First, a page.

Advertising ROI Soars at Facebook. Should Google Investors Worry?
Oct 19th 2013 11:00AM
Updated Oct 19th 2013 11:02AM
Publishers and retailers want the best return on investment possible for their advertising. New data from ad platform and market research firm Nanigans suggests that Facebook's value proposition for advertisers is looking better than ever. Should Google worry?
Competitors or not?
In 2011, Google boasted 57% of U.S. mobile Internet ad revenue. Today, that number has fallen to 48%. Who is responsible for Google's shrinking market share? Facebook, mostly.
Facebook's share of Internet ad revenue soared from virtually zero in 2011 to a 9.4% in 2012 and will reach an estimated 15.3% in 2013, according to eMarketer. Worldwide, Google's share of mobile ad revenue hasn't declined, but eMarketer estimates it will only increase its share from 52.36% in 2012 to 53.17% in 2013 while Facebook's will grow from 5.35% to 15.8% in the same period.
But Facebook hasn't necessarily stolen Google's ad dollars. Instead, it has largely found ways to capture a large share of new ad dollars spent in mobile. Google's total ad revenue is still seeing double-digit gains. In the company's third quarter, ad revenue rose by 19.3% compared to the year-ago quarter.
However, this doesn't mean there isn't some overlap. While Facebook isn't necessarily stealing existing ad dollars from Google, it may be stealing a small portion of its prospective ad dollars. For instance, marketers with limited budgets may sometimes be forced to choose between Google's ad networks and Facebook's ad products -- especially as Facebook's value proposition for advertisers continues to grow.
Facebook's stunning ROI
The latest stats from Nanigans are a big win for Facebook, giving advertisers more reasons to shift ad budgets toward Facebook. Consider some of these items:
- Retailer click-through rates on Facebook are up 3.75 times in the first nine months of 2013 from the same period last year.
- Return on investment -- or ROI -- for the same period is up 152% from the year-ago period.
- Facebook Exchange ads in the newsfeed are getting click-through rates 28 times higher than right-hand-side ads.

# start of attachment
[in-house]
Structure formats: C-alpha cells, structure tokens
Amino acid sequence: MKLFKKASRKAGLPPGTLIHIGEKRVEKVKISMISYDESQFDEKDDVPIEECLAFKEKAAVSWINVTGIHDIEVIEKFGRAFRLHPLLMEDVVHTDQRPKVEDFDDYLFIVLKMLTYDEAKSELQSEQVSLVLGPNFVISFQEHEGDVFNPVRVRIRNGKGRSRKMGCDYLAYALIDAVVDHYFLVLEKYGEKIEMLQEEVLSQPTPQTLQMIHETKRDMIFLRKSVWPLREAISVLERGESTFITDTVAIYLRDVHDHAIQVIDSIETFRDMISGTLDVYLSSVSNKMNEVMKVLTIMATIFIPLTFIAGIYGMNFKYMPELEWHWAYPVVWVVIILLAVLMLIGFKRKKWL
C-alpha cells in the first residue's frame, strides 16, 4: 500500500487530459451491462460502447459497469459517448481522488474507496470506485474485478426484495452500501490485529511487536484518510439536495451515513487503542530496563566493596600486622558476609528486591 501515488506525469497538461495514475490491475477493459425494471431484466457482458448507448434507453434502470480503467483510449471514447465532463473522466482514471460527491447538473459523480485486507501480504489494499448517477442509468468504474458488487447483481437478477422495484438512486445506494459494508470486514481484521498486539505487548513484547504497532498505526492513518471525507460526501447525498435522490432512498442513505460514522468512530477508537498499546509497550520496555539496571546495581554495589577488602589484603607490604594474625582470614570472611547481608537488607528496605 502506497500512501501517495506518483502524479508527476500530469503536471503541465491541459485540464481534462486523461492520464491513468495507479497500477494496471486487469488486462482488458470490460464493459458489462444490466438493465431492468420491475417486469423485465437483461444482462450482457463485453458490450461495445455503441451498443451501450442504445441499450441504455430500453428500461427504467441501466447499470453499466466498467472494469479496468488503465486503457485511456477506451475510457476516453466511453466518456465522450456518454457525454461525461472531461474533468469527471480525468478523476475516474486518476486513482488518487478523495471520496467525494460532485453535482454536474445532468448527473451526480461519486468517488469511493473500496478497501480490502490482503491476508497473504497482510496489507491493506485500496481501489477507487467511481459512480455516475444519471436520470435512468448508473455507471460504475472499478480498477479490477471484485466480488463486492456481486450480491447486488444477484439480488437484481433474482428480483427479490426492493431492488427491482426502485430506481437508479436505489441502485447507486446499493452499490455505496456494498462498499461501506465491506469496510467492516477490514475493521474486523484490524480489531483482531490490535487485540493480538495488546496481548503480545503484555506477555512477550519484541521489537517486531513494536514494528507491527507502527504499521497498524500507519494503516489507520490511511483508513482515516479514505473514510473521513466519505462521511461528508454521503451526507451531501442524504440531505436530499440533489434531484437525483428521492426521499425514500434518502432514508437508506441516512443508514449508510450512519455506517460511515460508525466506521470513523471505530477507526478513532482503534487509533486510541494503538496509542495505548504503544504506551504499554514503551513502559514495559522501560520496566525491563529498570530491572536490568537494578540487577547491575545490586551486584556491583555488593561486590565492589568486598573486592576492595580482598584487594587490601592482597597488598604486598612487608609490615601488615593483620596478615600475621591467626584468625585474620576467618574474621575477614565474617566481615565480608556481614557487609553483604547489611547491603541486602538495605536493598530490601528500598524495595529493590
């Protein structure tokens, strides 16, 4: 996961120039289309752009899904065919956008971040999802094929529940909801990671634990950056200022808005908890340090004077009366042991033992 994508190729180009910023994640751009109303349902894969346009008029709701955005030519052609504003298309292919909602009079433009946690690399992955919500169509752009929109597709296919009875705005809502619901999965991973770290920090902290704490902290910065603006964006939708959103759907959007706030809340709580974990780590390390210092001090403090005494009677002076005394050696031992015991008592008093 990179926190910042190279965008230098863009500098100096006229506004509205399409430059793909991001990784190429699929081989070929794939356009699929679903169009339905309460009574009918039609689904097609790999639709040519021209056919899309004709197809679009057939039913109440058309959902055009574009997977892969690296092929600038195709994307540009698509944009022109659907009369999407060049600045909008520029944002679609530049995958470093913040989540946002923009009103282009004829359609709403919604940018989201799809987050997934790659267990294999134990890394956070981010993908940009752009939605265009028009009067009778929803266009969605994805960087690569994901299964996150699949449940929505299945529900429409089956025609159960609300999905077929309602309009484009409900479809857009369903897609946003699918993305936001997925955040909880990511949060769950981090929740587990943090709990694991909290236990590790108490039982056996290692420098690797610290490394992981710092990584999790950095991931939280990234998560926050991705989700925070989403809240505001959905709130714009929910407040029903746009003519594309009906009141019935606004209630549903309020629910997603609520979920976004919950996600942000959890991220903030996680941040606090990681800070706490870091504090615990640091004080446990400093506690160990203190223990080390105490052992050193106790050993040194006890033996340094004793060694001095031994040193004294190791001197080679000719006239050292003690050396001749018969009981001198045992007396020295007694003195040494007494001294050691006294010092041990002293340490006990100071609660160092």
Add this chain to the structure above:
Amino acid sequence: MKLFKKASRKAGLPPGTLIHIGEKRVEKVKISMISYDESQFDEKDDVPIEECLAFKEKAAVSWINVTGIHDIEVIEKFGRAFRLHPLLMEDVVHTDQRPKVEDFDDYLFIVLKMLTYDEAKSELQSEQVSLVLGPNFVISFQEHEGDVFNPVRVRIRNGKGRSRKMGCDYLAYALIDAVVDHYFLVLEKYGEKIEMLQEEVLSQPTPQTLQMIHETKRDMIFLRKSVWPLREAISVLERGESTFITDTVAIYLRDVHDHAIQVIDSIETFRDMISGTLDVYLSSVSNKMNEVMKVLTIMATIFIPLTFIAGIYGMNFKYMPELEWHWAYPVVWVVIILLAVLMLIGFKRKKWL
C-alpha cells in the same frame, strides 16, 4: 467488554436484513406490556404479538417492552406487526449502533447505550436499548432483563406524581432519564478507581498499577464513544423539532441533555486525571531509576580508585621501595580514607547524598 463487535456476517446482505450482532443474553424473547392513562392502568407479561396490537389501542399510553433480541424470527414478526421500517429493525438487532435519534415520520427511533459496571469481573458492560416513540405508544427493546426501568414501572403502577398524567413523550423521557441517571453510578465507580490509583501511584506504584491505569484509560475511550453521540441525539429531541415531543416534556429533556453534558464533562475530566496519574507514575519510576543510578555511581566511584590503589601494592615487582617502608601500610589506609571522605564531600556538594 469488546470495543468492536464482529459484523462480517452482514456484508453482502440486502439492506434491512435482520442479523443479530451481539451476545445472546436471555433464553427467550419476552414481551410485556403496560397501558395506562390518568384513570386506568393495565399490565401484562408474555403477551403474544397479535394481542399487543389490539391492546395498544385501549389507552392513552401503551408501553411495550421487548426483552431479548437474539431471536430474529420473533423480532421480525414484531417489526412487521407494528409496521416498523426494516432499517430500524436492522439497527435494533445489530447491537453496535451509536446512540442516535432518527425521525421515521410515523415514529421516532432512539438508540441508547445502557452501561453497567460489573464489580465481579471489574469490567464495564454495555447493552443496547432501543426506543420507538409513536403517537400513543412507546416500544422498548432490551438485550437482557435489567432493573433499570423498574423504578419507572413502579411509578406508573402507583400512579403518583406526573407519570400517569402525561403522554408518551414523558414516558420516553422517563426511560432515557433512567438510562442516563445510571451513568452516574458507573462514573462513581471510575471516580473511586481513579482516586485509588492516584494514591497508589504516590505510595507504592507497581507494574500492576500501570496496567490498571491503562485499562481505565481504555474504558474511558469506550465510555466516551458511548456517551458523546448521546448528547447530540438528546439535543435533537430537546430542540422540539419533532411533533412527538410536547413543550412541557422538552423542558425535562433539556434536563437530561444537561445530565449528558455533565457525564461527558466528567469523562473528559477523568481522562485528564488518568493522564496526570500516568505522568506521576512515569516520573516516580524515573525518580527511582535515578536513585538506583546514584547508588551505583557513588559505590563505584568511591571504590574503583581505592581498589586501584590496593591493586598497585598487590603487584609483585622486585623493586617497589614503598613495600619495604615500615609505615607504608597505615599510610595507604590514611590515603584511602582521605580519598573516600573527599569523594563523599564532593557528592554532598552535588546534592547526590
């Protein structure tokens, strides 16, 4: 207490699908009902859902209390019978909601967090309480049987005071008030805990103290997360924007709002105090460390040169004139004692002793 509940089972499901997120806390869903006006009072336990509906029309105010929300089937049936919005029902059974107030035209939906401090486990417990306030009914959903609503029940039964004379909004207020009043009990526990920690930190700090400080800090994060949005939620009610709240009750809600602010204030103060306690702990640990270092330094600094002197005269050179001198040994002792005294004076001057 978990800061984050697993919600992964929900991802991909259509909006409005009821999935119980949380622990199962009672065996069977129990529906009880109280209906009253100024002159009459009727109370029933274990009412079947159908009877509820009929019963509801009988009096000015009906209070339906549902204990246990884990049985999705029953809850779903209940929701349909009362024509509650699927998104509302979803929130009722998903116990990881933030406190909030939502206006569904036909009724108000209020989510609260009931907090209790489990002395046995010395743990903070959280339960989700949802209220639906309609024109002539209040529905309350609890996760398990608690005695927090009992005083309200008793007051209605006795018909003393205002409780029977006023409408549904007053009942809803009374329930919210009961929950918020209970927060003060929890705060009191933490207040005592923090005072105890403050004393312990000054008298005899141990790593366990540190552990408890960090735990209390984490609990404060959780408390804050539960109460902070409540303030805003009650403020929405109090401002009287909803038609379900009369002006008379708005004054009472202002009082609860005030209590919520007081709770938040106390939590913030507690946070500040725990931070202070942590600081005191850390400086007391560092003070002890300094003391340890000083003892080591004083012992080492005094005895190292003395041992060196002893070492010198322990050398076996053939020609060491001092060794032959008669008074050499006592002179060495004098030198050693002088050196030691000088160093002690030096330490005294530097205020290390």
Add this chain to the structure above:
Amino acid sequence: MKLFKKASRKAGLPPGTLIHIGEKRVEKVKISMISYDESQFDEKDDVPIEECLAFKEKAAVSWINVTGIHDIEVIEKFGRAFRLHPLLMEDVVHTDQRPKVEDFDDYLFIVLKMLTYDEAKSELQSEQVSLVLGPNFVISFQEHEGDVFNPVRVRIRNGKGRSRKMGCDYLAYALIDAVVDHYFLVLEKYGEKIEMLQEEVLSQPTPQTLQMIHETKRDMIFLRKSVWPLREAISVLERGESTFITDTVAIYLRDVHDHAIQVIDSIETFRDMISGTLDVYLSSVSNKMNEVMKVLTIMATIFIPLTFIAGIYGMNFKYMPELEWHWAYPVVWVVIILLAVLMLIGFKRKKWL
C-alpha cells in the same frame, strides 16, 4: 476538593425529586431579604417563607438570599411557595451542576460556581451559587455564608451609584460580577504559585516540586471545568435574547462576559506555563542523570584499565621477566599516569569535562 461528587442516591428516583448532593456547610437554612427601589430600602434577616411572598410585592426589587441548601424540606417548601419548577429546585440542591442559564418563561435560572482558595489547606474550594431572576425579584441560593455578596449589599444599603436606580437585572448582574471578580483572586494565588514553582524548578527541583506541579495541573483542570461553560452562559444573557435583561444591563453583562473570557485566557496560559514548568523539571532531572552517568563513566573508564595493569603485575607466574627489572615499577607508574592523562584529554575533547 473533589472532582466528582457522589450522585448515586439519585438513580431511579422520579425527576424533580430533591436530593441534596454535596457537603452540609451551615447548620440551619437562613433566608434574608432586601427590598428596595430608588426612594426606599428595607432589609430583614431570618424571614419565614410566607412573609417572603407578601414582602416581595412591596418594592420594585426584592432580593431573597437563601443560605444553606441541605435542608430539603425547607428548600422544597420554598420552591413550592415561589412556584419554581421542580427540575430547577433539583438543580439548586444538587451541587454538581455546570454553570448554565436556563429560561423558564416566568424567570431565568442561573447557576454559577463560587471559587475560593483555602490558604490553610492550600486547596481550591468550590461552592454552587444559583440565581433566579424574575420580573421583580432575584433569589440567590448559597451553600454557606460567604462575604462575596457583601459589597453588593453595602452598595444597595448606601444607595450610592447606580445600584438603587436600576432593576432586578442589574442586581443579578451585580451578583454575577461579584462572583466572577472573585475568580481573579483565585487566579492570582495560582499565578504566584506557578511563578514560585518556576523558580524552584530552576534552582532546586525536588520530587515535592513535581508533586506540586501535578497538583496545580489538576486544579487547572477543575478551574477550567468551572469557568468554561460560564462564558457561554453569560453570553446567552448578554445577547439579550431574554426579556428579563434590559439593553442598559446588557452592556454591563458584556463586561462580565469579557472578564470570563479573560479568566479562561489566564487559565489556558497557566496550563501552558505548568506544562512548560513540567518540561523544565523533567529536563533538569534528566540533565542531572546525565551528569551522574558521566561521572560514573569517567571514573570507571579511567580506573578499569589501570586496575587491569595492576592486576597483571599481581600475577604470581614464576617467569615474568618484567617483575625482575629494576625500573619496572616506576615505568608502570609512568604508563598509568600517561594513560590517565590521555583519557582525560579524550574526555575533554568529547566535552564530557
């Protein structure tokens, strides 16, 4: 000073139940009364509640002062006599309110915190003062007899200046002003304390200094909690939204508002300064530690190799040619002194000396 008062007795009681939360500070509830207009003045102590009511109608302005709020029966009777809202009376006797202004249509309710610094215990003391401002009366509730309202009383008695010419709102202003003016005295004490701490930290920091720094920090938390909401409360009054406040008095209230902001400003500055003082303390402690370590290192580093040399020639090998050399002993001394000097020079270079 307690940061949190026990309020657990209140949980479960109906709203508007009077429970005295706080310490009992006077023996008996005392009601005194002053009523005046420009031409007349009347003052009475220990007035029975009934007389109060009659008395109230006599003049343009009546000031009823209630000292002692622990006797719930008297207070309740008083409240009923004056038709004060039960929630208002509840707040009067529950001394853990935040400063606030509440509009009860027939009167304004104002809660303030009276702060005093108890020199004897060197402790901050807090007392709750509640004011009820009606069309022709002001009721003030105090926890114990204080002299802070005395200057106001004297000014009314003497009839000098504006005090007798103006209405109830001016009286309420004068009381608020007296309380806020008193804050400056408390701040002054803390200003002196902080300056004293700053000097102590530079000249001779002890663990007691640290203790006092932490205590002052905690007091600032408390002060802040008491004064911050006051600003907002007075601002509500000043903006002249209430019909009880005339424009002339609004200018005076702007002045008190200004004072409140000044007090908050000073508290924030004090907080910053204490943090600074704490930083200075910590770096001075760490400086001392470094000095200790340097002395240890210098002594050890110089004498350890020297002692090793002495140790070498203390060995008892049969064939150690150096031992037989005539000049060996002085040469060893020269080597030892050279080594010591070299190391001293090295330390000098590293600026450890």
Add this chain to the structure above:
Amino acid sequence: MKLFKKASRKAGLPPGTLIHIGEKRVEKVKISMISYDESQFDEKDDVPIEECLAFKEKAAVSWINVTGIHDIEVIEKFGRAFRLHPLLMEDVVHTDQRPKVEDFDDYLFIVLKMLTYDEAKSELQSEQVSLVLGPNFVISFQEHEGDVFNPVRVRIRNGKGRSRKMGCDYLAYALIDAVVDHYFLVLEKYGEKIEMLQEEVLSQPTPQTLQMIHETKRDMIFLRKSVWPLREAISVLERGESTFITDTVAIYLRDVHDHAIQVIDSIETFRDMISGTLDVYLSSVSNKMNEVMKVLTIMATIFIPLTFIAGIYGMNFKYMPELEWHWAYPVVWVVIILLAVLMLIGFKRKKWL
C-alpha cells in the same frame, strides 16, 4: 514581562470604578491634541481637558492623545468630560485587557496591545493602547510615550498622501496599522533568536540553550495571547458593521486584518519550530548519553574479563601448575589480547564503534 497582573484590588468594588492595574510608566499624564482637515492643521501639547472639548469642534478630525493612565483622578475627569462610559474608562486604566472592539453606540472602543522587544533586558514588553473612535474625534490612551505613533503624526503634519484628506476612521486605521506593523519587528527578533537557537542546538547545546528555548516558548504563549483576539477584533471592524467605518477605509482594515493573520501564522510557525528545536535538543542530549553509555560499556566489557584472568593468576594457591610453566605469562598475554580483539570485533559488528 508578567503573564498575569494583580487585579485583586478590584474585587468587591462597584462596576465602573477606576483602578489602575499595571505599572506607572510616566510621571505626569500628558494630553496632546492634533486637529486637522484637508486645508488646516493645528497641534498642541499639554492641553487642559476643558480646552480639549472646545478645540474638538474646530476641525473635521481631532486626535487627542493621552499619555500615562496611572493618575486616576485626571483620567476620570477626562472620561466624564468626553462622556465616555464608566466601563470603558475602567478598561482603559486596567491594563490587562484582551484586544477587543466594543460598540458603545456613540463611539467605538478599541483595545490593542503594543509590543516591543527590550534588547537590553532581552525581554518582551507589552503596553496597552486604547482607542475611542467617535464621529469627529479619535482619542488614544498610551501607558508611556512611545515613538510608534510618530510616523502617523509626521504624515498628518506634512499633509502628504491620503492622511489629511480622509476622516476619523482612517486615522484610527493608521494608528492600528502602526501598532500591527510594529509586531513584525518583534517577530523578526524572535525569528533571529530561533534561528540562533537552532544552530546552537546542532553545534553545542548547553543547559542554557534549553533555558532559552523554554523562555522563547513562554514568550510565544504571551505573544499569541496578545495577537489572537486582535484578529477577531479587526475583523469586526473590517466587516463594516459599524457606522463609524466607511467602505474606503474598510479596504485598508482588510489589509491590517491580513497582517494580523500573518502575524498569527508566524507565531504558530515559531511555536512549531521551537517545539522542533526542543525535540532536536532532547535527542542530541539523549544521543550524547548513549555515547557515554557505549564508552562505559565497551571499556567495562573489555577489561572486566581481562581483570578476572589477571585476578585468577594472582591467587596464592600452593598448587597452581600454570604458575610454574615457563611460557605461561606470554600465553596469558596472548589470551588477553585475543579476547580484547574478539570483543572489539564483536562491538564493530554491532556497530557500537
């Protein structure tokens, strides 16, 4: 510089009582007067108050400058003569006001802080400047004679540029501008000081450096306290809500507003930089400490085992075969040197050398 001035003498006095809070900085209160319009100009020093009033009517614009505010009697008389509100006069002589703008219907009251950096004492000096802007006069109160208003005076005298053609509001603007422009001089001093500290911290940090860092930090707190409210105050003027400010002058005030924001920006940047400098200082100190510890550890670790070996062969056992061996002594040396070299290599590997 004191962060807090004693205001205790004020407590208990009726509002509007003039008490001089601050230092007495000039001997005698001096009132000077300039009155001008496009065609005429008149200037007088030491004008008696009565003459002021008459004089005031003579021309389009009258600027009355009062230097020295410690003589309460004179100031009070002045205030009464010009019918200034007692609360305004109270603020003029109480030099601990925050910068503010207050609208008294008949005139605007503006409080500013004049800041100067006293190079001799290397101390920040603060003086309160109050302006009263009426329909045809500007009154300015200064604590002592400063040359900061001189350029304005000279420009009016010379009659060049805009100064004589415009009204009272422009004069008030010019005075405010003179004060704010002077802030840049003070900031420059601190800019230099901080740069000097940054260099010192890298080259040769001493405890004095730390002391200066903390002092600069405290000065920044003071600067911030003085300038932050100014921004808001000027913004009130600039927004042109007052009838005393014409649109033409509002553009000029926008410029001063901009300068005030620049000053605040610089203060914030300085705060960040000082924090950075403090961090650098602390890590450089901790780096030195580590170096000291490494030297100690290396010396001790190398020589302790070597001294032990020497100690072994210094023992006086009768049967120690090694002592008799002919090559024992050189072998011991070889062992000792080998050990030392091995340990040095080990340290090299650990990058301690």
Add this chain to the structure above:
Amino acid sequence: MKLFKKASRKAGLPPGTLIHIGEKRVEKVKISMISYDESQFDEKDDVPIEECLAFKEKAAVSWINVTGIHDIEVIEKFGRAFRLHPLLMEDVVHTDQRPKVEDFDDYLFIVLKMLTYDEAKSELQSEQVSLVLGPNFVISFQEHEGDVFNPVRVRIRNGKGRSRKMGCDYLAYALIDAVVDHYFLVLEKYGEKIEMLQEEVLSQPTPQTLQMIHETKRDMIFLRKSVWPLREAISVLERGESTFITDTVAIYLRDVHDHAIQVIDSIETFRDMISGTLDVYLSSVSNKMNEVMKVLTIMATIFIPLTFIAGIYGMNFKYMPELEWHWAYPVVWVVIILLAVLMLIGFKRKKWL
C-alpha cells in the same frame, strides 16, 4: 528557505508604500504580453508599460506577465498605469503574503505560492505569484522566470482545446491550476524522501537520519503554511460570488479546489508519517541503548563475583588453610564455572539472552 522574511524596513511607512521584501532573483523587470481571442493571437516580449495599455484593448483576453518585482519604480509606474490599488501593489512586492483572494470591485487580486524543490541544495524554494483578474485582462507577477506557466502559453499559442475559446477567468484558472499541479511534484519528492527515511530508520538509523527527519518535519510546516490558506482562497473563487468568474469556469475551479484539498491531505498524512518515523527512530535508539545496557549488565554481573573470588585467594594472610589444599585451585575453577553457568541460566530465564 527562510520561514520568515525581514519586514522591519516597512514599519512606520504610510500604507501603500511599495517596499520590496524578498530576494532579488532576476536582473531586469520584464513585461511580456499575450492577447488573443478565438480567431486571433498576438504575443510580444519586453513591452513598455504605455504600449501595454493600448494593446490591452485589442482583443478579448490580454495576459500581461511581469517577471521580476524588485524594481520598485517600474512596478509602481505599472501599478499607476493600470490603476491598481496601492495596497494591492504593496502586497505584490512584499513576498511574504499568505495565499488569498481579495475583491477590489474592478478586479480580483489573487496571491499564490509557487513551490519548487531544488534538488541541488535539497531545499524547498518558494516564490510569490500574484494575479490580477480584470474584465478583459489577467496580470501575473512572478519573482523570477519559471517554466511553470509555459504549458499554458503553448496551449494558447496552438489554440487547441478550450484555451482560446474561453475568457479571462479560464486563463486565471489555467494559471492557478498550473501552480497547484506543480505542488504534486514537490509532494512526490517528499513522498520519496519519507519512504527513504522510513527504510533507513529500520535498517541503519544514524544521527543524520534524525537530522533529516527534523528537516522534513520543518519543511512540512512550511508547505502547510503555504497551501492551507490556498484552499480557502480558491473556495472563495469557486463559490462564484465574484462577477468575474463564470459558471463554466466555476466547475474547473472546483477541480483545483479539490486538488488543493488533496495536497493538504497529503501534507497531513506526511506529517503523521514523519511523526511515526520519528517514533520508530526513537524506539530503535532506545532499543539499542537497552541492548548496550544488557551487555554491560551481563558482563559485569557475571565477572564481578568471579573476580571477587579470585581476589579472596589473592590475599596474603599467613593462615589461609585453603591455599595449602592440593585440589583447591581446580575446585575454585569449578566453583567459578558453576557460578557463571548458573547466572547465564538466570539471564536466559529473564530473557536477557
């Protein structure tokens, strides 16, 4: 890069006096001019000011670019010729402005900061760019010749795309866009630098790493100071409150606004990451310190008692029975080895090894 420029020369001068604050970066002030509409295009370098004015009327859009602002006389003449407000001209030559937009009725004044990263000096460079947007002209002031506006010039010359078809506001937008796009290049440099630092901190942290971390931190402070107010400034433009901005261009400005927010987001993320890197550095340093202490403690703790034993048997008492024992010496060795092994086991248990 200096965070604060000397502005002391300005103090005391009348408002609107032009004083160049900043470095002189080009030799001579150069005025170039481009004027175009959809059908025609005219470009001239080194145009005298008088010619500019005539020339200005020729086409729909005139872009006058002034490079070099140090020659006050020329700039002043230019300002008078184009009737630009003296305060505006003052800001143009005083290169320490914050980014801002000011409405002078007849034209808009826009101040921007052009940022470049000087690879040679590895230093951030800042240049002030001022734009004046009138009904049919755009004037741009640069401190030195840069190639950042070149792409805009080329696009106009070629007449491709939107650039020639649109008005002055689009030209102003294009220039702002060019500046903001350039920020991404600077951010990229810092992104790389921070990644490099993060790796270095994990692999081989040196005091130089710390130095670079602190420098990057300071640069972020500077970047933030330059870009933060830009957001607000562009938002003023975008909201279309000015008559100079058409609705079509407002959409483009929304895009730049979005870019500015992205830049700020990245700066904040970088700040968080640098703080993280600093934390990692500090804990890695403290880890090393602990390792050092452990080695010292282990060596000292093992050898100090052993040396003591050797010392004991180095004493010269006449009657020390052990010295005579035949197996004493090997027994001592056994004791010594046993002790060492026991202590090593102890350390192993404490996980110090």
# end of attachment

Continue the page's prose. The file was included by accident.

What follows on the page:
No wonder Facebook's ad revenue is soaring. In the company's most recent quarter, ad revenue (88% of total revenue) was up 61% from the year-ago quarter.
When Facebook initially went public, critics downplayed the importance of advertising on Facebook. But if Facebook keeps improving its value proposition for advertisers so dramatically and so rapidly, it may become a stronger competitor to Google.
This doesn't necessarily mean that investors should worry about Google, however. The company has unparalleled dominance in online search and its ad network has unquestionable scale in digital advertising. It's perfectly fine that Google isn't growing its top line as fast as Facebook -- the company's most recent quarterly ad revenue of $13.8 billion is more than eight times Facebook's second-quarter ad revenue. It's arguably much harder to grow such a significantly larger number. In fact, Google is doing quite well. This year "Google will increase revenues faster than the overall market thanks to continued monetization of YouTube and growing adoption of mobile advertising," according to eMarketer.
So, it's not time for Google investors to worry about Facebook (yet). But Facebook's growing share of mobile ad revenue is certainly something Google investors should keep tabs on, especially considering reports of impressive retailer ROI like this one from Nanigans.
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The article Advertising ROI Soars at Facebook. Should Google Investors Worry? originally appeared on Fool.com.Fool contributor Daniel Sparks owns shares of Apple. The Motley Fool recommends Amazon.com, Apple, Facebook, and Google. The Motley Fool owns shares of Amazon.com, Apple, Facebook, and Google. Try any of our Foolish newsletter services free for 30 days. We Fools may not all hold the same opinions, but we all believe that considering a diverse range of insights makes us better investors. The Motley Fool has a disclosure policy.
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